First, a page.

After years of bitter wrangling, Australia and East Timor have signed a "historic" treaty at the United Nations aimed at resolving a boundary dispute that also carves up $56 billion in potential revenue from oil and gas reserves in the Timor Sea.
East Timor, one of the world's most impoverished nations, will reap between 70 to 80 per cent of the revenue from the Greater Sunrise fields under the agreement.
The ceremony at the United Nations on Tuesday involved Foreign Minister Julie Bishop, East Timor deputy minister for the Delimitation of Borders Agio Pereira and UN Secretary-General Antonio Guterres.
"This is an historic day for both our nations," Ms Bishop told the ceremony.
"We recognise that it is a particularly important day for Timor-Leste and another step forward in Timor's journey as a sovereign nation."
Animosity again flared in the days leading up to the signing when East Timor's chief negotiator Xanana Gusmao accused Australia of colluding with oil companies to ensure Greater Sunrise oil and gas gets piped to Darwin instead of East Timor.
But the two nations were full of praise for each on Tuesday. The signing also marked the first time maritime differences were resolved under the UN Convention on the Law of the Sea.
"The agreement divides the revenues from the development of that project either 80/20 or 70/30 in Timor's favour depending upon circumstances surrounding the development," Ms Bishop told reporters.
"So clearly, should the development of Greater Sunrise proceed through the work of joint venture partners, then substantial benefits will flow to Timor."
The foreign minister said she looked forward to the release of the UN Conciliation Commission's independent report and analysis of the options to develop Greater Sunrise.
Mr Pereira said the negotiations between the nations were "tough".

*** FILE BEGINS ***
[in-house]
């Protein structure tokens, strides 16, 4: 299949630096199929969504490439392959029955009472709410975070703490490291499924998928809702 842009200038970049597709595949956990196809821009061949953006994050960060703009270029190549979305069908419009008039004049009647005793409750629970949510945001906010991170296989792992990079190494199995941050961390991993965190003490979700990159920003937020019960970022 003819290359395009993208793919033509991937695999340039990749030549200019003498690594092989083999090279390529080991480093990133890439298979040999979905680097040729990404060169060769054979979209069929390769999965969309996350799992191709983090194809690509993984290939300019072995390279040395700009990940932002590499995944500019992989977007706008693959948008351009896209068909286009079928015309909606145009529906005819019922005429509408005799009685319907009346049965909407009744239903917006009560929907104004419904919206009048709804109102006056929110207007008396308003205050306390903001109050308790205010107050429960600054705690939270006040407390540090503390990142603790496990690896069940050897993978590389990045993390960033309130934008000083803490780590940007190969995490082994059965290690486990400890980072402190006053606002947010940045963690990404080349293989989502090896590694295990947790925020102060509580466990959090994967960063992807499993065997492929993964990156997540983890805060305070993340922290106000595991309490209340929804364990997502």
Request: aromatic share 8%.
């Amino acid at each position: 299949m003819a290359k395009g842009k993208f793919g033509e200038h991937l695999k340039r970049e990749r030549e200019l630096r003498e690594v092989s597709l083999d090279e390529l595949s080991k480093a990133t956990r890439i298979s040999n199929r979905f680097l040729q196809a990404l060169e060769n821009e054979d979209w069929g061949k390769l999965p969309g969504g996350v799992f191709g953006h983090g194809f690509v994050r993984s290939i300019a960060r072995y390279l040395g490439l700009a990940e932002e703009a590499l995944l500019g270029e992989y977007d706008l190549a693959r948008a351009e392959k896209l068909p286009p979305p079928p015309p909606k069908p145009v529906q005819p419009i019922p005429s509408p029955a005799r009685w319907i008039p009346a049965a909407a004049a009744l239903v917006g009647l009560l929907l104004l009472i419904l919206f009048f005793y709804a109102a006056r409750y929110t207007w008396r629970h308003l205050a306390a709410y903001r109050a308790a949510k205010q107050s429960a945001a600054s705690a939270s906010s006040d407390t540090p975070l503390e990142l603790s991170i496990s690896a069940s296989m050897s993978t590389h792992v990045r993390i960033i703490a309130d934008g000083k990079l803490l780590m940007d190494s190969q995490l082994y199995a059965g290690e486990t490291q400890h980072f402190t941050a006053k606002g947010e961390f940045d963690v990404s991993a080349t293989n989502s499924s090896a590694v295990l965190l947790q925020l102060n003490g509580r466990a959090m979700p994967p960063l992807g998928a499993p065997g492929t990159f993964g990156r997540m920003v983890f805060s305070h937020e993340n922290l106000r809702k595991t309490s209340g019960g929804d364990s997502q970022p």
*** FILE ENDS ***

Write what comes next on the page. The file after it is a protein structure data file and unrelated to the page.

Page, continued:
"This treaty establishes a special regime for the Greater Sunrise gas field and a pathway to the development of the resource," Mr Pereira told the ceremony.
"The conclusion of this treaty clarifies the rights and responsibilities of Timor Leste and Australia with regard to the resources and activities that fall within our respective sovereign territories."
Mr Guterres, a longtime supporter of East Timor and its independence, hailed the signing as an historic breakthrough for the UN.
"This ceremony demonstrates the strength of international law and the effectiveness of resolving disputes through peaceful means," he said.
Ms Bishop said Australia, which also has a treaty with Indonesia, had kept Indonesia up to date with the East Timor negotiations.
Indonesian Foreign Minister Retno Lestari Priansari Marsudi had congratulated Australia and East Timor on the deal, Ms Bishop said.
"The Australia-Indonesia treaty will remain and it does open the way for Timor Leste and Indonesia to negotiate the changing boundaries," Ms Bishop said.
"That will have an automatic flow on effect of adapting the eastern and western boundaries of the Australian-Timor Leste treaty we signed today."
Australian Associated Press